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The Actuary The magazine of the Institute & Faculty of Actuaries

The losses nobody saw coming

Thomas Johansmeyer considers how reinsurers should react to the growing number of unexpected events during the past few years


Thomas Johansmeyer
Thomas Johansmeyer

In the reinsurance industry, we’re trained to expect the unexpected. Strategic planning, capital management, and regulatory compliance require that even the most remote risks be contemplated. However, no view of the range of all possibilities is perfect. Sometimes a particular risk falls through the cracks. Fortunately, even when such events are severe, they provide fantastic learning opportunities when small enough to be absorbed by a company’s balance sheet and operations. 

Over the past few years, the team at PCS has seen a growing number of these unexpected events across both property-catastrophe and specialty lines of business.  

Even before the three hurricanes of 2017 made landfall, there were signs of change in the US catastrophe market. Many insurers and reinsurers saw hail events as likely to be smaller and more manageable. Yet the magnitude of those events in the US has crept higher over the past few years. In 2015, PCS recorded two events with hail that had combined industry-wide insured losses of at least US$1bn. The following year, we saw four events at that level, with 2017 ultimately reaching seven. Over that period, PCS reported on three events with hail that had insured losses of at least US$2bn. 

While the increase in large hail events may not have caused alarm in the global reinsurance market, it should at least indicate that reinsurance contracts can be impaired by events other than hurricanes and earthquakes. Perhaps the greatest example of an historically ‘small’ peril having a disproportionate impact is the Fort McMurray wildfire. The largest insured loss on record with PCS Canada, the fire caused C$3.98bn in insured loss in Alberta in 2016. It was taken as an outlier, so nobody seemed to think that a larger wildfire could occur soon after. Yet that’s exactly what happened. In the fourth quarter of 2017, the Tubbs wildfire in Northern California resulted in more than twice the insured loss caused by the Fort McMurray fire the year before.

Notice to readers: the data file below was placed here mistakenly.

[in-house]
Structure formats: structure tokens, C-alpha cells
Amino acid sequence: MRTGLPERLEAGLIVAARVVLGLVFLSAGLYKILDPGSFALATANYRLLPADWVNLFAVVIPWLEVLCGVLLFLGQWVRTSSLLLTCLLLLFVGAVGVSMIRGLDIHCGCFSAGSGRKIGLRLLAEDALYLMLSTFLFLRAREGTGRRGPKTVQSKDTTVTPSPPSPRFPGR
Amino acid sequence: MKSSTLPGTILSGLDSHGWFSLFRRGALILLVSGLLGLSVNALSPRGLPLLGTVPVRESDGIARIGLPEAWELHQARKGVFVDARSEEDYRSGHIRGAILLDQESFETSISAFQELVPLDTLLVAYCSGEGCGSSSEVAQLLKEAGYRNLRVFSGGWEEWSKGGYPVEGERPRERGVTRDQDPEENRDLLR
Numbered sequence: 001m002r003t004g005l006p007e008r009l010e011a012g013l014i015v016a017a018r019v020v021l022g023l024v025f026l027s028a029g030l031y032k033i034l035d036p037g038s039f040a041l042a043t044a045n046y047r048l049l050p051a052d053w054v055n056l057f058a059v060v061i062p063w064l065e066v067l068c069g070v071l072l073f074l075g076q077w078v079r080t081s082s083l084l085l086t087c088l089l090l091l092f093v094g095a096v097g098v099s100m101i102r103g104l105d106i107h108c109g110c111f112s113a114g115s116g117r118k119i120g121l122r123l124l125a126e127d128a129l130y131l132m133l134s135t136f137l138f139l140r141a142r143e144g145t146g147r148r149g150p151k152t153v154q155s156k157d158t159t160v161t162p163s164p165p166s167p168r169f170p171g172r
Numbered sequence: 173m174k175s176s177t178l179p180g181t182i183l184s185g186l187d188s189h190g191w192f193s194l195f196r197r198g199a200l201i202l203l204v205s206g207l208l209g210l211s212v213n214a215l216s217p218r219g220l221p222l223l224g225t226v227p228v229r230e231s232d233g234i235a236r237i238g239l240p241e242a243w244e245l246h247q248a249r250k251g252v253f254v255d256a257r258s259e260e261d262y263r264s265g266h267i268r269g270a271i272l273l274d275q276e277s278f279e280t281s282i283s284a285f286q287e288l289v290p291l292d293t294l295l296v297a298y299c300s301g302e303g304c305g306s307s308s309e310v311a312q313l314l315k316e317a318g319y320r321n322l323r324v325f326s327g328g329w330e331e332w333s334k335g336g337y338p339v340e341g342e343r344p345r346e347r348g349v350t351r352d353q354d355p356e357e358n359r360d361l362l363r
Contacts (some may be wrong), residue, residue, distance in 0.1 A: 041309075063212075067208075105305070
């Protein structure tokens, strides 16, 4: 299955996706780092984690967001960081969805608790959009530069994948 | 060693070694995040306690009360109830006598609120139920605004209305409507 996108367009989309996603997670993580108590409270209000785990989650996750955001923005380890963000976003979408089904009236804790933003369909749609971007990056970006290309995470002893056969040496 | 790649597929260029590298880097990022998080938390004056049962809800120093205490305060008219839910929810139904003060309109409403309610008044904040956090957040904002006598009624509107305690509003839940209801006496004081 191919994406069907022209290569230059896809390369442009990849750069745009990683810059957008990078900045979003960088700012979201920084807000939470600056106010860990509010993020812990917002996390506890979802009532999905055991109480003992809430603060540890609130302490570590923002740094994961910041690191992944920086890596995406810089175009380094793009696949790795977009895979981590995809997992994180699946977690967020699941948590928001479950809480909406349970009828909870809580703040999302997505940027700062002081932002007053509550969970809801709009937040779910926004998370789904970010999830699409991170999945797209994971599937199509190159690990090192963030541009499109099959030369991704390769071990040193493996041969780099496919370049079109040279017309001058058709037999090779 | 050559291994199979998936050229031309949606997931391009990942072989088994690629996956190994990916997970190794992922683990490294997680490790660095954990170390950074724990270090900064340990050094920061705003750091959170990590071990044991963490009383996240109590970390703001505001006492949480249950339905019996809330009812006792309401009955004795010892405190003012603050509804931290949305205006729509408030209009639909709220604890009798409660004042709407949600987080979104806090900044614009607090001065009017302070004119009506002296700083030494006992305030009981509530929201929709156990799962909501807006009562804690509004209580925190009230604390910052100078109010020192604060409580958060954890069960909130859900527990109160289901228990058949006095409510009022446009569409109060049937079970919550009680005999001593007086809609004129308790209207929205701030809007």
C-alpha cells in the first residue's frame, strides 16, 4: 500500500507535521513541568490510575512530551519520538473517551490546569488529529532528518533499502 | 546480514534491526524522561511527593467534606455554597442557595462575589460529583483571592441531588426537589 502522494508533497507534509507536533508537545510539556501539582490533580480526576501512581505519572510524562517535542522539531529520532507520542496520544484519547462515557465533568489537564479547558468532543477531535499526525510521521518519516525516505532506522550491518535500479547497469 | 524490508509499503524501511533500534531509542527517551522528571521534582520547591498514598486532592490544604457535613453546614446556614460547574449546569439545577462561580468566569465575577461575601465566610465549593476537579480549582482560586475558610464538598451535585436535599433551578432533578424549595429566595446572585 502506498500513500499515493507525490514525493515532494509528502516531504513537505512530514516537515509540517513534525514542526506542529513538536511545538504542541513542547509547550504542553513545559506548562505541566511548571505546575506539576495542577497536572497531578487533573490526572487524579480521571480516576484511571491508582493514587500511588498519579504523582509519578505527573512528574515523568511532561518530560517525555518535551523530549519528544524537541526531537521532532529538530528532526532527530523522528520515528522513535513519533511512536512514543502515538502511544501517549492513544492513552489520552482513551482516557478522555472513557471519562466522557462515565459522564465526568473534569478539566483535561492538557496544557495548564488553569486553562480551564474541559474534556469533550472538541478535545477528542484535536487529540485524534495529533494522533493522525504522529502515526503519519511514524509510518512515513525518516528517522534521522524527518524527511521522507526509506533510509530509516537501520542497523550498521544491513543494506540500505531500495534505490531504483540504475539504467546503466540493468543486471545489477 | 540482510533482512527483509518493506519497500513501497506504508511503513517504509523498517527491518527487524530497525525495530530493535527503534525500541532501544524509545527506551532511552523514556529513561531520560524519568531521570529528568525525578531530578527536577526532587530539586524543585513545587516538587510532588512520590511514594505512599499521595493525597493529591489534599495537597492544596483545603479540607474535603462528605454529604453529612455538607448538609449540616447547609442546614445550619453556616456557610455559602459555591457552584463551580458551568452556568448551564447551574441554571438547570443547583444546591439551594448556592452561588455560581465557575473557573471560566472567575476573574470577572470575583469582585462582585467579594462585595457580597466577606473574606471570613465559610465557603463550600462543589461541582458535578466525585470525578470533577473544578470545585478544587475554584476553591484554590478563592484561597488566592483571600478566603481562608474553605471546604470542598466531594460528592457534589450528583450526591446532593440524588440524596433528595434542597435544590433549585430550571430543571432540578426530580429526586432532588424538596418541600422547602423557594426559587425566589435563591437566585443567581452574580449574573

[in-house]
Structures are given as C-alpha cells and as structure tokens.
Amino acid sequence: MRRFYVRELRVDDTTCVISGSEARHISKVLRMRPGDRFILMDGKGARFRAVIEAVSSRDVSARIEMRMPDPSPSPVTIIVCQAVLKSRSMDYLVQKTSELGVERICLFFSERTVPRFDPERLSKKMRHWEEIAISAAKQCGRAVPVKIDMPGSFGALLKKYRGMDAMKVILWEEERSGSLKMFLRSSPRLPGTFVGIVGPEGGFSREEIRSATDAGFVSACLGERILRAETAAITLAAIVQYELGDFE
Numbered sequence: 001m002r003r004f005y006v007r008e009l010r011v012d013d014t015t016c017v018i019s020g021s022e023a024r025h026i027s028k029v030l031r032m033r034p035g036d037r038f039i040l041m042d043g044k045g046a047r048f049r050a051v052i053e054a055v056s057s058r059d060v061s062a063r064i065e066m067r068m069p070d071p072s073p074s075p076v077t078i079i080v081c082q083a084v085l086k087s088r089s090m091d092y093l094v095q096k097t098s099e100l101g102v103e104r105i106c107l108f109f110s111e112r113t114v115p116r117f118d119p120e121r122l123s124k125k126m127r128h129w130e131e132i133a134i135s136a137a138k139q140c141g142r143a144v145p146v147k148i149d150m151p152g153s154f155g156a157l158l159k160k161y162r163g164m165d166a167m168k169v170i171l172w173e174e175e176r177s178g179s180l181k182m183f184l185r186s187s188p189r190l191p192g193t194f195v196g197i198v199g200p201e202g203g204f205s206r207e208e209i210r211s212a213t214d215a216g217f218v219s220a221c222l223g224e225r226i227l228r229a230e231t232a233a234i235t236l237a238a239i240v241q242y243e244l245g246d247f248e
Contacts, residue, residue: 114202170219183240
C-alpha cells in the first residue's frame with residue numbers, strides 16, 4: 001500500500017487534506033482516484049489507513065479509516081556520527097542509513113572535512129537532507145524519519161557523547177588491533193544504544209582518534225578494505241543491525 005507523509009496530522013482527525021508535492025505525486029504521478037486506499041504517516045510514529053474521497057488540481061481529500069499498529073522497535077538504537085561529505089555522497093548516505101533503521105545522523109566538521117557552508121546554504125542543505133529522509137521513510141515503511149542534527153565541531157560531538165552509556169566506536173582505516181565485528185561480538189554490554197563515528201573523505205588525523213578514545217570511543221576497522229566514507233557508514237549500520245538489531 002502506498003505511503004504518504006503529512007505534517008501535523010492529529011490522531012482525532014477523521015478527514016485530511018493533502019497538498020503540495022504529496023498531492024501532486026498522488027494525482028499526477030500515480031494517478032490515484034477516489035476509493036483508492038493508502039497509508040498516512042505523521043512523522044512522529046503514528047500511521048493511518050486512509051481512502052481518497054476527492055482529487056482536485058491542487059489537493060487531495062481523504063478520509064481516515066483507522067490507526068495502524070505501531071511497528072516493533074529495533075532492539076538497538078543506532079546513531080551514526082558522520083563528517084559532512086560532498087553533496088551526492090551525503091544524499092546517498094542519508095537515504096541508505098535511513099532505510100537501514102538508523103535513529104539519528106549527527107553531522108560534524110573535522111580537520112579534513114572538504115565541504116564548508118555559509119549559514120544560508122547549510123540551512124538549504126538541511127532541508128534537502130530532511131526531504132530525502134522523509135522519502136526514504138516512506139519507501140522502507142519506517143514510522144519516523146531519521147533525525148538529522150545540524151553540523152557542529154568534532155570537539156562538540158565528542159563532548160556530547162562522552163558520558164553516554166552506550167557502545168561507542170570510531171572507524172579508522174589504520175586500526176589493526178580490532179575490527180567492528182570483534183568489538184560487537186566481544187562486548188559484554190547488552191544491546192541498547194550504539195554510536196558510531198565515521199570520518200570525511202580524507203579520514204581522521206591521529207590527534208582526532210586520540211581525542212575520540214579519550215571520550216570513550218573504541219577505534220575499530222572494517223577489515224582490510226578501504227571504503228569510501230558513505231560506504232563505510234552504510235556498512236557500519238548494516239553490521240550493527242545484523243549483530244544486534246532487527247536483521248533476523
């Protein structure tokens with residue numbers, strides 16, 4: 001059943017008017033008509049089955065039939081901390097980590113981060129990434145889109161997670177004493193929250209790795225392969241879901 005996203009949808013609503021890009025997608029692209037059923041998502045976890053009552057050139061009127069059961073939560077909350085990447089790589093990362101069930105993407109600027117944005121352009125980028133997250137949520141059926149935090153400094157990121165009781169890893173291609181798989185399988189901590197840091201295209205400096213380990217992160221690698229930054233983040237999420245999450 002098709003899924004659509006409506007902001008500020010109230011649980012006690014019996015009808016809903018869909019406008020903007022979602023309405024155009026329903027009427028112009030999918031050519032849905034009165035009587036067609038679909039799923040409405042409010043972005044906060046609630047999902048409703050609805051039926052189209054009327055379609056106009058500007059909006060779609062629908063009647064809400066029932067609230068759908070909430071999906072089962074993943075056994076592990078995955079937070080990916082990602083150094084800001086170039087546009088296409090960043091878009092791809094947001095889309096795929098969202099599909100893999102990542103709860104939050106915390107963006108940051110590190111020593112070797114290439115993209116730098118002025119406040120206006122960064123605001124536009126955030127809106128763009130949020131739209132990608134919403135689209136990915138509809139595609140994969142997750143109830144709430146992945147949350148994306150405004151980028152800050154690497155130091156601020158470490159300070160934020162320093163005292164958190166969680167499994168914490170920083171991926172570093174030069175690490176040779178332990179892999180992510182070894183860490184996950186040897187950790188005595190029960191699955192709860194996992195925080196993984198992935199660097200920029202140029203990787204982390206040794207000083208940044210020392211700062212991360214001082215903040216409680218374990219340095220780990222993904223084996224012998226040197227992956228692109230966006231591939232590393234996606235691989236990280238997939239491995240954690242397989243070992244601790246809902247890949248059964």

Trend extends 

Outside North America, the trend continues. PCS Turkey has reported on three events since launching the service in 2015 with the Istanbul Underwriting Center – all of them unexpected within the realm of the unexpected. Historically, the only events on record with PCS Turkey (going back to 1999) that exceeded the TRY30m catastrophe designation threshold were earthquakes and floods. 

Fig 1

In 2016, we designated our first new catastrophe event, a terror attack in southeastern Turkey with aggregate insured losses of around TRY500m. Low insurance penetration and insured values made reaching the threshold extremely unlikely. Last summer, the surprises in Turkey continued, with a pair of hailstorms striking Istanbul and causing TRY1.3bn in insured loss. Although the hail intensity would look familiar in Texas, it was unprecedented in Turkey. What does this all mean? Should insurers and reinsurers hedge everything from a landslide in Amsterdam to an alien pandemic? After all, the US Navy has reported an increase in the sightings of unidentified flying objects.

Some restraint does make sense when trying to anticipate that which, by definition, can’t be anticipated. However, it seems that the scope of what’s possible is widening – and that our industry should be ready for a broader diversity of significant threats to capital. The key is to arrive at the right balance between the absurd and the imminent. In between, you’ll find that point where you can optimise capital allocation to drive profitable growth.

Thomas Johansmeyer is assistant vice-president and co-head, PCS, at Verisk Insurance Solutions